Family band delivers Powers-full performance at first Music in the Parks concert

A babbling creek and screeching eagles weren't the only music that could be heard among the swaying trees at Shoemaker Bay.

The first Music in the Parks concert was held at Shoemaker Park last Wednesday evening, with about 200 people listening to the tunes played by artists Kaylauna Churchill-Warren and The Powers.

First Bank and Alaska Marine Lines sponsored the free concert, which was organized by the parks and recreation department. The Wrangell Police Department donated 250 hamburgers and 250 hot dogs, and Chief Tom Radke spent the evening grilling them up for hungry attendees.

Lucy Robinson, of Parks and Recreation, said they want to hold more concerts and not limit it to Shoemaker.

"I think (the series) has the potential to be staged in multiple parks," she said. "Our goal is to host an annual event. I don't want to restrict it to Shoemaker, but it's a fantastic venue."

Robinson said City Park couldn't host such an event since it is in need of repairs, and the turnout at last Wednesday's event proved more space is necessary than at City Park. "Just the set up and parking, we think Shoemaker is where it's at."

The evening opened with Churchill-Warren singing a mix of country, rock and pop songs while playing an acoustic guitar. According to Dan Powers, whose family band took the stage next, it was Churchill-Warren's first concert performance.

For The Powers, which includes Dan, his wife Shelley Powers on vocals and son Cooper, 13, on drums, the event was one of many over the years.

Powers, 39, was born in Wrangell. When he was 2½ years old, his father was transferred by Alaska Airlines to Boise, Idaho. Powers grew up between Spokane, Washington, and Idaho, eventually meeting Shelley and getting married. His music career began when his grandparents, Al and Ruby Taylor, who owned Taylor's Music in Wrangell, asked him if he would like a musical instrument when he was 12.

"My mom called the local school and asked, 'What kind of instruments do you need,'" Powers said. "It happened to be the (school) orchestra director and he said violin and cello. I'd heard of a violin at that point, so that's what I picked. I wish I had said cello. Shortly after that, I started playing bass."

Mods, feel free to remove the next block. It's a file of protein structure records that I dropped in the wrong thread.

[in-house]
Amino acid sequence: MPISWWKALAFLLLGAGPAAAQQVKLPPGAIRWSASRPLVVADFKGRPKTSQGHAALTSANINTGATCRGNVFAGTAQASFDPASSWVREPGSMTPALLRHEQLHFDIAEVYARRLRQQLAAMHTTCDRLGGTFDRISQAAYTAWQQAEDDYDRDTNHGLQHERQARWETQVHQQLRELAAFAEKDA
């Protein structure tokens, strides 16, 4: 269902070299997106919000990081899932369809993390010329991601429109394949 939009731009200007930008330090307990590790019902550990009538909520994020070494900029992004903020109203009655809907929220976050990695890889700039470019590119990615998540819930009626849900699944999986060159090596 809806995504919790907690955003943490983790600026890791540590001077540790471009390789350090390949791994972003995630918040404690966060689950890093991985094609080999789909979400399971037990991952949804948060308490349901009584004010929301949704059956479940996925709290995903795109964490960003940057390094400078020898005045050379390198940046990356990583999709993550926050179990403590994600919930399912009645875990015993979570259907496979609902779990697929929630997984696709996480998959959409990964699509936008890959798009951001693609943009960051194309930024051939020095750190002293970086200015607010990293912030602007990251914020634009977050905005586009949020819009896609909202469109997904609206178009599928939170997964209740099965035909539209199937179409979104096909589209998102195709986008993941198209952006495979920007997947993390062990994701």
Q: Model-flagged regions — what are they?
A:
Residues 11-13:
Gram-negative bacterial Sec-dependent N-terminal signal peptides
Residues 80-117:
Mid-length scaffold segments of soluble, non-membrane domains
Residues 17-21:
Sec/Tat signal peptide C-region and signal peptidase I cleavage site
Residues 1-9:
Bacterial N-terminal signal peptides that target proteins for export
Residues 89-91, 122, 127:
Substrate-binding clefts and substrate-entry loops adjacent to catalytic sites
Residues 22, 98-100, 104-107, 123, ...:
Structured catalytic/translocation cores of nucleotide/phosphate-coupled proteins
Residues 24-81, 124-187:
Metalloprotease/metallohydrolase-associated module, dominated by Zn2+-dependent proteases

Powers joined his first band at 15, a death-metal Christian band, "screaming about Jesus," he said with a laugh. He then joined Aaron Richner and the Blues Drivers and said that's what stuck with him. He was making money by 16 and stayed with it for a decade. He played with other bands in various musical genres to gain the experience, and finally joined the Kelly Hughes country band in Idaho, playing with them for nine years.

Over the years, Powers has recorded around 30 original songs, and released a couple full-length albums along with singles under The Powers name and solo. Their music can be found on all streaming platforms.

The Powers family has only been in Wrangell since October of last year, having taken advantage of the pandemic to relocate.

"We were full-time musicians down there and then, suddenly (in 2020), we had zero work whatsoever," Powers said. "Sure, we weren't making any money, but all the sudden we could breathe. All the sudden all the strings were cut loose. They call it hustling for a reason."

At the time, the Powers had six children, and they started making plans to scale back the number of gigs and relocate to Wrangell. They eventually made it, with seven children in tow, buying a home.

Along with music engagements, Powers does smaller jobs and they have rentals. The flexible schedule allows them to still book gigs. The first two of the season were Music in the Parks and the Summer Solstice party last Saturday downtown. They will play again on July 4 at the street dance from 8 to 11 p.m.

Those who happen to be arriving on select cruises in Wrangell also have the opportunity to hear The Powers play live, as they have three onboard bookings coming up. "They come into town, we pop on, entertain them, and pop off," Powers said.

There is talk of another Music in the Parks event in August, however nothing is on the calendar as of yet, Robinson said, though having musicians living and playing on the island has been a plus for planning such events. "We're open to different genres and different bands," she said. "We loved working with The Powers. Them being musicians, I think they have a handle on other bands."

Powers said he's thrilled to help out.

"I'm excited to see what the future holds. We love it," he said. "We love seeing people succeed."


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